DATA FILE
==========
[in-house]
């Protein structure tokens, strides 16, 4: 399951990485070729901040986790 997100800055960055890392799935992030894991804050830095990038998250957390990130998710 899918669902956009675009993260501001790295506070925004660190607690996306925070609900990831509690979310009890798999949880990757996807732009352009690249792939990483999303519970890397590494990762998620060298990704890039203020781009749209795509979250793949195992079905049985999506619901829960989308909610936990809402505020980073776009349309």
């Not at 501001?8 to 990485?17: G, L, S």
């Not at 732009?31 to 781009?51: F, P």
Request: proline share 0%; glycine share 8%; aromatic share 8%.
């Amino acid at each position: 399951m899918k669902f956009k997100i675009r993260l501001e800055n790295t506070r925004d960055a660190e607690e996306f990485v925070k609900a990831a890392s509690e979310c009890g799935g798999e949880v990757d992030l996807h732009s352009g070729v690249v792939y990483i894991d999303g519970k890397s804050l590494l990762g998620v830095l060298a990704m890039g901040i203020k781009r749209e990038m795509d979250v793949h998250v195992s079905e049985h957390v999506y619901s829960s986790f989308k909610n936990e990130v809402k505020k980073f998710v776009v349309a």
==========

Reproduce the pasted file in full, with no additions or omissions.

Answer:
[in-house]
């Protein structure tokens, strides 16, 4: 399951990485070729901040986790 997100800055960055890392799935992030894991804050830095990038998250957390990130998710 899918669902956009675009993260501001790295506070925004660190607690996306925070609900990831509690979310009890798999949880990757996807732009352009690249792939990483999303519970890397590494990762998620060298990704890039203020781009749209795509979250793949195992079905049985999506619901829960989308909610936990809402505020980073776009349309």
């Not at 501001?8 to 990485?17: G, L, S």
């Not at 732009?31 to 781009?51: F, P």
Request: proline share 0%; glycine share 8%; aromatic share 8%.
């Amino acid at each position: 399951m899918k669902f956009k997100i675009r993260l501001e800055n790295t506070r925004d960055a660190e607690e996306f990485v925070k609900a990831a890392s509690e979310c009890g799935g798999e949880v990757d992030l996807h732009s352009g070729v690249v792939y990483i894991d999303g519970k890397s804050l590494l990762g998620v830095l060298a990704m890039g901040i203020k781009r749209e990038m795509d979250v793949h998250v195992s079905e049985h957390v999506y619901s829960s986790f989308k909610n936990e990130v809402k505020k980073f998710v776009v349309a």